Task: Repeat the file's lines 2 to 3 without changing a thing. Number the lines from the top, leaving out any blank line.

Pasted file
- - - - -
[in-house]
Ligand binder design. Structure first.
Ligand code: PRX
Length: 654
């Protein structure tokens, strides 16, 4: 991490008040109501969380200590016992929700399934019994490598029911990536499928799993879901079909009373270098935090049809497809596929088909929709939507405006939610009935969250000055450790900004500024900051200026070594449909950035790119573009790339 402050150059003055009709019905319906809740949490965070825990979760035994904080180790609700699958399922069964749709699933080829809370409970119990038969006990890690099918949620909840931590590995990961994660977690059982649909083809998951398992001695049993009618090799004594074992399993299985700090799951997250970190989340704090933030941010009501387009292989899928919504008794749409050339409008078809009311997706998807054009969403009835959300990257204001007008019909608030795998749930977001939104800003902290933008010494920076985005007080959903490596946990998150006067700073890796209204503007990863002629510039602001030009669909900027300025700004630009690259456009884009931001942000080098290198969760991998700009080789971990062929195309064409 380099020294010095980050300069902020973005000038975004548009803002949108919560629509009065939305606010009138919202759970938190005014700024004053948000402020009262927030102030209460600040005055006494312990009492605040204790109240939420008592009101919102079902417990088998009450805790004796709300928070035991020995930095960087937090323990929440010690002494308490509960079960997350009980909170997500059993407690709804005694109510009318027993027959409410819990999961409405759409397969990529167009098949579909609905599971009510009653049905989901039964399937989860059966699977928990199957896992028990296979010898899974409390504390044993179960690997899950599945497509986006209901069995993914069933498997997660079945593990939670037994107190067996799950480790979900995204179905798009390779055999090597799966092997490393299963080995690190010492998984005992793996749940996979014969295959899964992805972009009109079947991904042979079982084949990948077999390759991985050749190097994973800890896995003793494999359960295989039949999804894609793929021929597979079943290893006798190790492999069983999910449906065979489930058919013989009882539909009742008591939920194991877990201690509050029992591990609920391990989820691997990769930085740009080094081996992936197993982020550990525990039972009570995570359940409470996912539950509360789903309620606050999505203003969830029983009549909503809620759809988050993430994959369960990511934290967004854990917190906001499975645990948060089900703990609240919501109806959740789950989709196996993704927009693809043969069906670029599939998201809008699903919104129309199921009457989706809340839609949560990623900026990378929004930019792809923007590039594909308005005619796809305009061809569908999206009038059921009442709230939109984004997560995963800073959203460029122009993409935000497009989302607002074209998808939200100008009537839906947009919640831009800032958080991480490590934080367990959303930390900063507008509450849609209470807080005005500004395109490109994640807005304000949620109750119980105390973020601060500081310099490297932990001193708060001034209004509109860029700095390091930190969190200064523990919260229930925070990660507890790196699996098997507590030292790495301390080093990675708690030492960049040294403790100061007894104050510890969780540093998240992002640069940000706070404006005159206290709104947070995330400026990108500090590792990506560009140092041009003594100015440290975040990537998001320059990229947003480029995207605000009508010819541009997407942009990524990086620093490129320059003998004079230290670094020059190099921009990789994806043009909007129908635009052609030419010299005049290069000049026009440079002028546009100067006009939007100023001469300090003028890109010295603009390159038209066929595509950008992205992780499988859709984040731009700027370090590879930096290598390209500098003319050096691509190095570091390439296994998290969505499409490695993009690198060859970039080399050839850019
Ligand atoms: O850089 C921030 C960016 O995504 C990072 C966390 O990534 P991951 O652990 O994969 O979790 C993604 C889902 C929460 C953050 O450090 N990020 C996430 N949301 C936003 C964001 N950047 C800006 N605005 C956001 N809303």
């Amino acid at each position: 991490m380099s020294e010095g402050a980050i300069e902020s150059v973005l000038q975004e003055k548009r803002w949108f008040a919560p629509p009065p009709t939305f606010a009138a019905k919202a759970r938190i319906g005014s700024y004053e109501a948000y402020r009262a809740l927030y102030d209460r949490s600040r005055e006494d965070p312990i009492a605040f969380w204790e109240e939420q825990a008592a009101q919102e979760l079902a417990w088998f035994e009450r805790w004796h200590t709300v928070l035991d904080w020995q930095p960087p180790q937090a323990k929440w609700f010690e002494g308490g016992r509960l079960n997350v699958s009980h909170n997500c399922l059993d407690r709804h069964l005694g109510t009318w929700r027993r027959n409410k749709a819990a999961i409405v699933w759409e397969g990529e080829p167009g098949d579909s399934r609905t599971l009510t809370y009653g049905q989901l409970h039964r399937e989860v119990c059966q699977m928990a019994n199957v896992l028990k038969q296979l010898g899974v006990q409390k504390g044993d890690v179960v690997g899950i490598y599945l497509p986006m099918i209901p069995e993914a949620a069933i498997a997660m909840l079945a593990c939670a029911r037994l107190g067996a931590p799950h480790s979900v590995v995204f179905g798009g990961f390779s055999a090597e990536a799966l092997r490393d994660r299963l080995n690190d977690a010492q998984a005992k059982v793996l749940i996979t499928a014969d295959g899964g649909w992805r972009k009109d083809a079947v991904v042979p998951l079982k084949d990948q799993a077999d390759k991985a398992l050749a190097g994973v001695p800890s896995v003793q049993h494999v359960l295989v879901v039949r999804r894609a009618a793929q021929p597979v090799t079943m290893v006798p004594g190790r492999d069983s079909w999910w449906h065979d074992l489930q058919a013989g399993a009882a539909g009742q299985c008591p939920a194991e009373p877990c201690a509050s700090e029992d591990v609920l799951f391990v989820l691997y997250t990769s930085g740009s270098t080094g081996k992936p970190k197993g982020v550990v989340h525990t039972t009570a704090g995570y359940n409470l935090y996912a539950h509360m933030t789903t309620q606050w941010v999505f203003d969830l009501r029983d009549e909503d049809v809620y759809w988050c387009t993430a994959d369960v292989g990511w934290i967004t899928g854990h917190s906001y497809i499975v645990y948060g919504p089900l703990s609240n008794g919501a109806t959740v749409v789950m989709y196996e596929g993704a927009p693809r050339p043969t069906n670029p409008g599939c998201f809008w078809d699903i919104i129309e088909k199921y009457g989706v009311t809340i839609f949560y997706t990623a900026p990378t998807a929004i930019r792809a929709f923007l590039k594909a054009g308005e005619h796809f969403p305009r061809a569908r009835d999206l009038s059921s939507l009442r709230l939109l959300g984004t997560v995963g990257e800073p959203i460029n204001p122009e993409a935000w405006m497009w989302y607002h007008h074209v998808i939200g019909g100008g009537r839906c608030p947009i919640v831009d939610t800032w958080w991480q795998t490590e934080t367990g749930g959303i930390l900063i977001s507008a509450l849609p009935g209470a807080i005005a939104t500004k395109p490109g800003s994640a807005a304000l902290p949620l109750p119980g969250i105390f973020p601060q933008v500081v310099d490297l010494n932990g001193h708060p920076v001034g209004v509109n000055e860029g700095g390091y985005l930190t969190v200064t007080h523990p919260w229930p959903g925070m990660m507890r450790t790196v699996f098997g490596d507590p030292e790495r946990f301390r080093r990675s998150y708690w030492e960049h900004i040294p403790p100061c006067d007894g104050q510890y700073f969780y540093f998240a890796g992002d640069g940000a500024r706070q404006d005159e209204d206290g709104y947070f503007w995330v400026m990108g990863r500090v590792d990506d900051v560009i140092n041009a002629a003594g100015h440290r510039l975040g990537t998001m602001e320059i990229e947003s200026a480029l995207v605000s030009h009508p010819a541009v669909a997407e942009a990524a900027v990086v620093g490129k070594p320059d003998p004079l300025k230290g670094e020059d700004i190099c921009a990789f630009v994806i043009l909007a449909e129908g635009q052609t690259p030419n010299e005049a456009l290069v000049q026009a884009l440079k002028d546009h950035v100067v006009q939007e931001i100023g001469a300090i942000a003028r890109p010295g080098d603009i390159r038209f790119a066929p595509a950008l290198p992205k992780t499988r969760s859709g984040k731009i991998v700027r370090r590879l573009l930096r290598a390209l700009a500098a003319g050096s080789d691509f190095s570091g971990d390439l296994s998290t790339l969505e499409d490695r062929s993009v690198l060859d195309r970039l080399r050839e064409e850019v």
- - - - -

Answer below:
Ligand binder design. Structure first.
Ligand code: PRX